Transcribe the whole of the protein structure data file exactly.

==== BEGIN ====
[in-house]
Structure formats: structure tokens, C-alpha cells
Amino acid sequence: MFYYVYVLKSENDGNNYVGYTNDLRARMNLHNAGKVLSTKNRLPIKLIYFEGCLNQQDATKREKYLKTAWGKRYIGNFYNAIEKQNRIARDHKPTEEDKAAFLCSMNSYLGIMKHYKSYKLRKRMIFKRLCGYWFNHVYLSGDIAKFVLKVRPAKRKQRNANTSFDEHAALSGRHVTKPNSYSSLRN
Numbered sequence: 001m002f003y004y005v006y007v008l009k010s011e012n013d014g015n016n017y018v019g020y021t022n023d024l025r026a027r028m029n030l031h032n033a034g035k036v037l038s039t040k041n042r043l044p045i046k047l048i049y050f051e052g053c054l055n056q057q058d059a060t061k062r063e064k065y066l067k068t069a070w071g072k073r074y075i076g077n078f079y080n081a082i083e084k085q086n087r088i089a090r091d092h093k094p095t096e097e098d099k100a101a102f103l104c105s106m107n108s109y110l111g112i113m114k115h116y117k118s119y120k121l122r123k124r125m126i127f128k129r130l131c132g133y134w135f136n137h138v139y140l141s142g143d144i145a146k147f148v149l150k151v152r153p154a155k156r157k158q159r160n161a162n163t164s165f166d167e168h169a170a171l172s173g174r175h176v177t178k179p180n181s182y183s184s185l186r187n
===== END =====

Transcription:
[in-house]
Structure formats: structure tokens, C-alpha cells
Amino acid sequence: MFYYVYVLKSENDGNNYVGYTNDLRARMNLHNAGKVLSTKNRLPIKLIYFEGCLNQQDATKREKYLKTAWGKRYIGNFYNAIEKQNRIARDHKPTEEDKAAFLCSMNSYLGIMKHYKSYKLRKRMIFKRLCGYWFNHVYLSGDIAKFVLKVRPAKRKQRNANTSFDEHAALSGRHVTKPNSYSSLRN
Numbered sequence: 001m002f003y004y005v006y007v008l009k010s011e012n013d014g015n016n017y018v019g020y021t022n023d024l025r026a027r028m029n030l031h032n033a034g035k036v037l038s039t040k041n042r043l044p045i046k047l048i049y050f051e052g053c054l055n056q057q058d059a060t061k062r063e064k065y066l067k068t069a070w071g072k073r074y075i076g077n078f079y080n081a082i083e084k085q086n087r088i089a090r091d092h093k094p095t096e097e098d099k100a101a102f103l104c105s106m107n108s109y110l111g112i113m114k115h116y117k118s119y120k121l122r123k124r125m126i127f128k129r130l131c132g133y134w135f136n137h138v139y140l141s142g143d144i145a146k147f148v149l150k151v152r153p154a155k156r157k158q159r160n161a162n163t164s165f166d167e168h169a170a171l172s173g174r175h176v177t178k179p180n181s182y183s184s185l186r187n